Jessica Sanchez as Kim a ‘wildly optimistic’ prospect?By Nestor U. Torre
Philippine Daily Inquirer
Some reports have it that “American Idol” Filipino-Mexican runner-up Jessica Sanchez has been tapped to play the coveted role of Kim in the projected film version of “Miss Saigon.” Subsequently, however, those reports were nixed and described as being too premature, speculative and “wildly optimistic.”
So, what really gives? Kim on film is a plum role that any young singer-actress would “kill” to get—but would somebody like Jessica be in the running for that star-making big break?
Here’s our hopefully informed guess on that hot but still speculative topic:
Having followed and reported on the “Miss Saigon” phenomenon since its inception—and having reviewed both its London and New York productions—we can say that the hit musical is the latest incarnation of the West’s long love affair with the East’s enigmatic but excitingly appealing women.
From “Madame Butterfly” onward, the enduring fantasy has always depicted the oriental woman as achingly beautiful and even more achingly unattainable—until a dramatic confluence of events results in a passionate but forbidden love between two races that is so verboten that it must end in the woman’s ultimate sacrifice.
This is how the opera ended, as did the Marlon Brando starrer “Sayonara” with Miyoshi Umeki and Red Buttons (with a double suicide, at that)—and “Miss Saigon” obligingly followed the same tragic template.
To vivify the tragic consequences of the west’s verboten fantasy-romance with the unattainable east, the few oriental women who have attained international stardom have been of the exceedingly lovely and inscrutable sort, virginal and sexy at the same time—as perfectly personified by the Eurasian beauty, France Nuyen. Nancy Kwan was her “modernized” counterpart, but France was unattainable fantasy in the flesh.
Then came the update on “Madame Butterfly” that was “Miss Saigon,” and its makers had a problem: They wanted to be true to the harsh realities of the Vietnam War, but they had the long tradition of the west’s fantasy-passion for the east to sustain. So, what to do?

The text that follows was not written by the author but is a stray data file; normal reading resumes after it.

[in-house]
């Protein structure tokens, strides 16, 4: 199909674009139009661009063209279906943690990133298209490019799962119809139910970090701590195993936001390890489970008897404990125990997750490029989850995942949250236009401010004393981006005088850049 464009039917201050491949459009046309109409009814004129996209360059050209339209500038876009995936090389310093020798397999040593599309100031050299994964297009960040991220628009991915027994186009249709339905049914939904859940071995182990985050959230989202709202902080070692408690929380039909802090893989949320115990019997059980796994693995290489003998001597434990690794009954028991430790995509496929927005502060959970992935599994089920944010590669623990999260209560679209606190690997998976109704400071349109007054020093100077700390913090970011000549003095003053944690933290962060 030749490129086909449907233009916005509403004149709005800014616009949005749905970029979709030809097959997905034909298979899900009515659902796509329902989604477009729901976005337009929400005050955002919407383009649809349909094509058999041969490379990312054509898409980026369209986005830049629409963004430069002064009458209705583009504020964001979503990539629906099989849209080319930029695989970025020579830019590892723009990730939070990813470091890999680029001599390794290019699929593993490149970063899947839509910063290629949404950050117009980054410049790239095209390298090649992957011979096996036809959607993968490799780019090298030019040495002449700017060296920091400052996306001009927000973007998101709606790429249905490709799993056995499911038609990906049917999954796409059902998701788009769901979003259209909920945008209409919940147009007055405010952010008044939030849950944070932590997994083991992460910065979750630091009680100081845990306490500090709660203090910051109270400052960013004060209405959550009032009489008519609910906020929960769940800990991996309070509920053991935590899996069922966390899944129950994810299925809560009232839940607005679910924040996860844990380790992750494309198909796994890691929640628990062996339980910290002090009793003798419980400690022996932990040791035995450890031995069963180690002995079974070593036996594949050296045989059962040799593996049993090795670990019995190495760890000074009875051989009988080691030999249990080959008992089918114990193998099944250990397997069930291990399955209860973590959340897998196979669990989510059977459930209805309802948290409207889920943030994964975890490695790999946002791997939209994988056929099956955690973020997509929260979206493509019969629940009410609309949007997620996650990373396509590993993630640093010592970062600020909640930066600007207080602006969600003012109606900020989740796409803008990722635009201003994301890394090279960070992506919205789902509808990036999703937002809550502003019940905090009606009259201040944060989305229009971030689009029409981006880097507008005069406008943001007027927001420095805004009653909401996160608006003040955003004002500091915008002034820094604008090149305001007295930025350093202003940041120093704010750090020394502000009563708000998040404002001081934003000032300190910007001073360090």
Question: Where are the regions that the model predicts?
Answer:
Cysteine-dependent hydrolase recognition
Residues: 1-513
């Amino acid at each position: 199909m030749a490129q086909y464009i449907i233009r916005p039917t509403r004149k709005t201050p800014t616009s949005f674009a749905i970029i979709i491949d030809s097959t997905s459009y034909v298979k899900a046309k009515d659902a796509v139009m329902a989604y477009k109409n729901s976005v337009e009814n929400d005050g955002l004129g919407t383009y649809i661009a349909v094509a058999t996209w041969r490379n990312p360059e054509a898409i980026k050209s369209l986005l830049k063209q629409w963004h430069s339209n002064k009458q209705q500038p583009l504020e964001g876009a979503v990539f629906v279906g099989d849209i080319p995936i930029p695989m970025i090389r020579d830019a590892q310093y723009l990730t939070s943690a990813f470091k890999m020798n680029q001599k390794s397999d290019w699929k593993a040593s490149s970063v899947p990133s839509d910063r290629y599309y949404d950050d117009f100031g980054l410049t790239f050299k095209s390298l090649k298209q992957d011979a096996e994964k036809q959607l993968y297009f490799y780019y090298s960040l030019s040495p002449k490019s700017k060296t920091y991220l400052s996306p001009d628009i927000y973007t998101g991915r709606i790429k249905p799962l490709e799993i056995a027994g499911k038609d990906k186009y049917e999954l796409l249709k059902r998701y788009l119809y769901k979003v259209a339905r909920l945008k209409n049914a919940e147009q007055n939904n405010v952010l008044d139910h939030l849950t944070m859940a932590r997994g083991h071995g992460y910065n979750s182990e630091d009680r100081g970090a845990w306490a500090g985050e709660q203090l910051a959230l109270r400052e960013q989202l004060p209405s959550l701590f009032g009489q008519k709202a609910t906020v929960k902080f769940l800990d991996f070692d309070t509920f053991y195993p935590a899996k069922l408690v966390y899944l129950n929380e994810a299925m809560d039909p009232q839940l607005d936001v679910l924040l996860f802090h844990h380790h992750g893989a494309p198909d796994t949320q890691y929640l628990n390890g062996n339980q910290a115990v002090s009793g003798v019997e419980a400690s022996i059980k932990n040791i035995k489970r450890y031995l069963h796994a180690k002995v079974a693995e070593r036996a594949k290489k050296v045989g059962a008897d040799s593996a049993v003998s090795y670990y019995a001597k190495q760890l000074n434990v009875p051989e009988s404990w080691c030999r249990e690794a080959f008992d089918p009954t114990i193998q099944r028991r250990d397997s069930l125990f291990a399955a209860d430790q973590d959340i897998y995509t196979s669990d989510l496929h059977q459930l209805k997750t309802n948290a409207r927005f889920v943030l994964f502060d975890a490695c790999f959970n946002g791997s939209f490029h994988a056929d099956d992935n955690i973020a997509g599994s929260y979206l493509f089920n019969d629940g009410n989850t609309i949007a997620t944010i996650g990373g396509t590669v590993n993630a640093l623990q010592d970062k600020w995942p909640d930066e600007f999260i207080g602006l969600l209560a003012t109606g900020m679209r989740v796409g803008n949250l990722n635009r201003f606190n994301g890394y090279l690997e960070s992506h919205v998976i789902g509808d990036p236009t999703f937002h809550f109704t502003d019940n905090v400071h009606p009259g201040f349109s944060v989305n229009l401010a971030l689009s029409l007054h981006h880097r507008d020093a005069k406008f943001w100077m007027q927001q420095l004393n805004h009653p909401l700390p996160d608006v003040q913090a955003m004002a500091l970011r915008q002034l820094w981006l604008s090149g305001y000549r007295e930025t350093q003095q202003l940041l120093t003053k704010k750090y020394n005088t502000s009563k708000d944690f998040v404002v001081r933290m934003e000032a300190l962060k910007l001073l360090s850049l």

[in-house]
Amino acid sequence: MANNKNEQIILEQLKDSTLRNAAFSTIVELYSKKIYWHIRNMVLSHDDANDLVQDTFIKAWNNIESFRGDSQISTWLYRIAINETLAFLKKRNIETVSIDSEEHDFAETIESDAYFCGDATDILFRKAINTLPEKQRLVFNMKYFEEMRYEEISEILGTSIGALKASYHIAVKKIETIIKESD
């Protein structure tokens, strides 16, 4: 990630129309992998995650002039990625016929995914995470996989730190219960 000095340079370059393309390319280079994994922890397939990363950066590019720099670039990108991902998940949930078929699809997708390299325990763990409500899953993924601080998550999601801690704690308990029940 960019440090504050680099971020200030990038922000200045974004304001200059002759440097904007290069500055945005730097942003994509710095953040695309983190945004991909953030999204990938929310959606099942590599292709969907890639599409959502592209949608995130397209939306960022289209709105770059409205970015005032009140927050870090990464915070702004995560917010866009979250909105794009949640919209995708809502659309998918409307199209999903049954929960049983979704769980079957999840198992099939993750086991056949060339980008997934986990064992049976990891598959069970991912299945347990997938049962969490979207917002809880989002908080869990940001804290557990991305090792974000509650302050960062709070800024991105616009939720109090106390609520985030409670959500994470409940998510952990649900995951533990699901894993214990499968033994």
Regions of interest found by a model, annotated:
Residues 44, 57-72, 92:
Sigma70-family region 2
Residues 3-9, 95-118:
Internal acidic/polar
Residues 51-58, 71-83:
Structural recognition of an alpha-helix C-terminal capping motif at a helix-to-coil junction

Their female lead character, Kim, was no virgin—in fact, she was a young bar and play-for-pay girl. But they couldn’t underscore that fact, because it would spoil the fantasy with too much reality.
So, they compromised that reality by portraying Kim in a generally nonsexual light, including the decision to cast mostly petite Eurasian actress-singers in the role.
None of the early Kims—Lea Salonga, Monique Wilson, Jenine Desiderio, Jamie Rivera—were as oriental as Miyoshi Umeki, and there’s a reason for that.
Within that “traditional” context, therefore, the likelihood of Jessica Sanchez being cast as the film Kim would “stretch” the fantasy tradition a lot, perhaps even to breaking point. Her assets are her powerful voice and her youth, but her minus points include her “darker” coloring, her “unconventional” looks, and perhaps her lack of acting experience. It could still happen, but that would be tantamount to standing the whole “fantasy tradition” on its ear!
Come to think of it, that may not be a bad thing. Traditions have a way of being too fixed and impervious to change and growth. Besides, the age-old fantasy of the virginal and inscrutable east has been rendered moot and academic by current events and developments.
Perhaps, it’s time for Kim to be played by somebody as counter-tradition as Jessica—for her to really come into her own.
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